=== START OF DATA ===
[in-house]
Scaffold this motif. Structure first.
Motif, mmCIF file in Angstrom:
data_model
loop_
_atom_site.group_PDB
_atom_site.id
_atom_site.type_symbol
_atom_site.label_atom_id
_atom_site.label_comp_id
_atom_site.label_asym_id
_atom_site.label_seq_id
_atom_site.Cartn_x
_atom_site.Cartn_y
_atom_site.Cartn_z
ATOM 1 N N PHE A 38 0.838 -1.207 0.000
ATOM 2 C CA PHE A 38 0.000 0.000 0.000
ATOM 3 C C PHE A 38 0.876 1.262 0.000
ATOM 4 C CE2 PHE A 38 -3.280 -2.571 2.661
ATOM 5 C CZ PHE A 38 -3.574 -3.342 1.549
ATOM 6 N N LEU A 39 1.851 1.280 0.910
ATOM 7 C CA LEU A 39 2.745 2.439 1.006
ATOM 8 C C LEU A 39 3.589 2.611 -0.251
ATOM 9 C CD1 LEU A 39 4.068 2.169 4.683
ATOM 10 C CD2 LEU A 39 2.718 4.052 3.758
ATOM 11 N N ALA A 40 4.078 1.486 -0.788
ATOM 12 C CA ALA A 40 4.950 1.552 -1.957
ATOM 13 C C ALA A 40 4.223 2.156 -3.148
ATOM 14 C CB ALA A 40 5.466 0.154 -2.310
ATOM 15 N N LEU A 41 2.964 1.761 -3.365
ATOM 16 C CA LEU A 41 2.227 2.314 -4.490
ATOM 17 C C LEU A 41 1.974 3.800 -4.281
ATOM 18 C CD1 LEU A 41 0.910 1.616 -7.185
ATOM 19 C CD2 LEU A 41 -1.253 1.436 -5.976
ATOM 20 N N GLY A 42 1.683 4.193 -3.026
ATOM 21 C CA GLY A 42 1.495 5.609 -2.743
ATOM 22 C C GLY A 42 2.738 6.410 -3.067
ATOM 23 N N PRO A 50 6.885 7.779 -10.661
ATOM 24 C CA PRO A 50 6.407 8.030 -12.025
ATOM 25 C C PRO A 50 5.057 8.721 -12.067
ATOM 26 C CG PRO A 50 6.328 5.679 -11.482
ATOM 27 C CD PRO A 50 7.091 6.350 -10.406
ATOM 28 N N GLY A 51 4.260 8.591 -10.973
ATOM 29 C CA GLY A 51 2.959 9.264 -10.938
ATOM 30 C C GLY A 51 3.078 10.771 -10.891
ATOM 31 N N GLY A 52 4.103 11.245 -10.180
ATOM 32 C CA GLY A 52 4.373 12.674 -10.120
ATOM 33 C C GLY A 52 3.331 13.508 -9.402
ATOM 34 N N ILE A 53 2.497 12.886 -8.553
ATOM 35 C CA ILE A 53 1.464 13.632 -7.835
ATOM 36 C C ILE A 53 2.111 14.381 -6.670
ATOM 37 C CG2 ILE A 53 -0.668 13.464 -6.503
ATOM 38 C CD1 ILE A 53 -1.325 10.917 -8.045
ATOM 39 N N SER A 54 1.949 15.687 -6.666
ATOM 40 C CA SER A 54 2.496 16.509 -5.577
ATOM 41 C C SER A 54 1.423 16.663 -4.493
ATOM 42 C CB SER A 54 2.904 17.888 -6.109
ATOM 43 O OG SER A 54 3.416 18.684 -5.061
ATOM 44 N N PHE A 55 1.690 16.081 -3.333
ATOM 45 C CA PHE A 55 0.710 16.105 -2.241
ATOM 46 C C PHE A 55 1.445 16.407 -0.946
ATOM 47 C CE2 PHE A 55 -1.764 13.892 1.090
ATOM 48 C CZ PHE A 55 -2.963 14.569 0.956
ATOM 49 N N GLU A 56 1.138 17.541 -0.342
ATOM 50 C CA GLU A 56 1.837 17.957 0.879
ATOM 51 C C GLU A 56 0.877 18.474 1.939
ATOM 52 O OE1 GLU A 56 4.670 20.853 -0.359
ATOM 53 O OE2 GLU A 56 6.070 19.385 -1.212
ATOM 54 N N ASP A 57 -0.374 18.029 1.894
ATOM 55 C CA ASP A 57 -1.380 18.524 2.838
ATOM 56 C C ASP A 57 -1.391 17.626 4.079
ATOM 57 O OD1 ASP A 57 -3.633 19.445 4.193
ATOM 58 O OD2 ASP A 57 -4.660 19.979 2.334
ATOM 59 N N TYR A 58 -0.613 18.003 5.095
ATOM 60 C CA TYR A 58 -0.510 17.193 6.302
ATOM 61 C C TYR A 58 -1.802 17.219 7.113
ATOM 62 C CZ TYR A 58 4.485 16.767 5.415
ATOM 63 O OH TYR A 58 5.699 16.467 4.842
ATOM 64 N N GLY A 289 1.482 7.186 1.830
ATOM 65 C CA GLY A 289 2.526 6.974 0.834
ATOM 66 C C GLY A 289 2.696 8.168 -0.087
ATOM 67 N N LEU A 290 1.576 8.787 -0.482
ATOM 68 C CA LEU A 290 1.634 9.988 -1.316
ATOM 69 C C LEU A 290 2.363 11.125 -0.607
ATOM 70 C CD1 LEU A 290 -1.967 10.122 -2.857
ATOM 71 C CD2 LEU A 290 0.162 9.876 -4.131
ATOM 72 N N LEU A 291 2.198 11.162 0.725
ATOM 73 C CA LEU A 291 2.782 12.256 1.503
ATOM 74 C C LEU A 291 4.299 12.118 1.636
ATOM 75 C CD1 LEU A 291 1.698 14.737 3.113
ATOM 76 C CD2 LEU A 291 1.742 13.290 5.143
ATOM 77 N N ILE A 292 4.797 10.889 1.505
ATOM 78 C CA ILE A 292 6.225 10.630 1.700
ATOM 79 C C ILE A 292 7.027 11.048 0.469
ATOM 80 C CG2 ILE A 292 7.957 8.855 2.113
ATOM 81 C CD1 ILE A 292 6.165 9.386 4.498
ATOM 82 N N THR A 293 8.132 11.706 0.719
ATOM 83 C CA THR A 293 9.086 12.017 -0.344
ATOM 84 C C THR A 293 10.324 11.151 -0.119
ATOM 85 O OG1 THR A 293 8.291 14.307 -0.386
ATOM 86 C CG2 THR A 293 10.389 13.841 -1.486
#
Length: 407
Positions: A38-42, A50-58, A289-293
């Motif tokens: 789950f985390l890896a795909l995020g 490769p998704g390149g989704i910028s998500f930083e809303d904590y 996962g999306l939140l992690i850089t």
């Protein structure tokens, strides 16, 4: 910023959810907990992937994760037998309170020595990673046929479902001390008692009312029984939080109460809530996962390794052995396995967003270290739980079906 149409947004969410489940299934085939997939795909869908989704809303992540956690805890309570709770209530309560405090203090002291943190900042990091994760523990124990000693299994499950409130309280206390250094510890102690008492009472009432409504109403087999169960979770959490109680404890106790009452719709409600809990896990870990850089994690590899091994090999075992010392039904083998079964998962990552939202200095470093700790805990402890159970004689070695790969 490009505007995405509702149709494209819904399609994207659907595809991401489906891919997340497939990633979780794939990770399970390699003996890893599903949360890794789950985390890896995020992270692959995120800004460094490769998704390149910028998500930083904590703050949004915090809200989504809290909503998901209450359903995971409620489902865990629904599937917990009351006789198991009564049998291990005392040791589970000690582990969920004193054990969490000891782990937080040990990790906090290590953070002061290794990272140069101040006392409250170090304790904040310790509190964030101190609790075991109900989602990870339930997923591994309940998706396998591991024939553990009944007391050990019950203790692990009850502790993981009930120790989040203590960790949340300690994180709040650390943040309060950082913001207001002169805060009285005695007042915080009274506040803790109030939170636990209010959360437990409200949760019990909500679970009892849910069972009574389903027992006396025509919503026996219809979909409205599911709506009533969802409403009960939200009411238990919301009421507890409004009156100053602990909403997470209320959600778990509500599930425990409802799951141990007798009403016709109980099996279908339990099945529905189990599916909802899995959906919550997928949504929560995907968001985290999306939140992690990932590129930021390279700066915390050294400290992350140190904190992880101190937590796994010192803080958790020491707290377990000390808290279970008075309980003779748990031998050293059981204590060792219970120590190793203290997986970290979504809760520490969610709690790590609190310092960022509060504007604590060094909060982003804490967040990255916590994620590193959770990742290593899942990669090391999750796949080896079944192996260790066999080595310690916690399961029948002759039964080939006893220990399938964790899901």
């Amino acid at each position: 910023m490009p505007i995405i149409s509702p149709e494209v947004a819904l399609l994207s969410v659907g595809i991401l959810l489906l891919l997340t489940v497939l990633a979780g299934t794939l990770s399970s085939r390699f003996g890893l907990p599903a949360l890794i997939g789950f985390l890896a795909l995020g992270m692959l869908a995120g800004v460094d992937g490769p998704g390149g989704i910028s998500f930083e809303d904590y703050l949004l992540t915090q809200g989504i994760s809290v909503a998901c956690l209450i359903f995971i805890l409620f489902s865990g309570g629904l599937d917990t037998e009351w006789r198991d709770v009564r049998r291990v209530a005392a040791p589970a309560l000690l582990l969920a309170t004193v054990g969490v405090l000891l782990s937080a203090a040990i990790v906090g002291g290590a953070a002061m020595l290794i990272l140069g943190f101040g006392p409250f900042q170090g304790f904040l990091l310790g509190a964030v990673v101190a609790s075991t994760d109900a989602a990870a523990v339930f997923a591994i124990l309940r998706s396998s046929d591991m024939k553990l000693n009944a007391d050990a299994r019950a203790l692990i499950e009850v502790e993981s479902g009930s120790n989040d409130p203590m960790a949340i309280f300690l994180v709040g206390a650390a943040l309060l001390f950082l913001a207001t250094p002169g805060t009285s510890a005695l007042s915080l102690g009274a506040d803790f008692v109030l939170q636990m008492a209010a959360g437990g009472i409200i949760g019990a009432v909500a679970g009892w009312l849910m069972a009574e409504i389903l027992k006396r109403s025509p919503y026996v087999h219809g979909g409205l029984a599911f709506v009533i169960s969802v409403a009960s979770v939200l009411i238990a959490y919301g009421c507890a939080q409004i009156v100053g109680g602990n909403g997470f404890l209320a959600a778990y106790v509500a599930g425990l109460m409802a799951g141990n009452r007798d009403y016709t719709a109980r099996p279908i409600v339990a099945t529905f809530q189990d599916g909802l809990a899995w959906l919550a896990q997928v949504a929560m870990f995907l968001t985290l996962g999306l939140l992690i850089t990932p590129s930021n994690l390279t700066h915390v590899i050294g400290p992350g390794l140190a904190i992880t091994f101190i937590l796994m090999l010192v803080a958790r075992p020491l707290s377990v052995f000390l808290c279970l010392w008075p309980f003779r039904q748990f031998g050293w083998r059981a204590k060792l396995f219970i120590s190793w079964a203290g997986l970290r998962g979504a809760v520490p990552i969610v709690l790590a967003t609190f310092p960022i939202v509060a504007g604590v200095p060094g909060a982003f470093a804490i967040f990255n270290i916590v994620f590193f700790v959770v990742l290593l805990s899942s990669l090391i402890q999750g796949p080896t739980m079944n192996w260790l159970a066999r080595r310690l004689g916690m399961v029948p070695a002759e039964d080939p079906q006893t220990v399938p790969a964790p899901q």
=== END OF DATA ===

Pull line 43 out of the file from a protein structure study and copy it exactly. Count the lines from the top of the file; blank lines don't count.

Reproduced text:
ATOM 28 N N GLY A 51 4.260 8.591 -10.973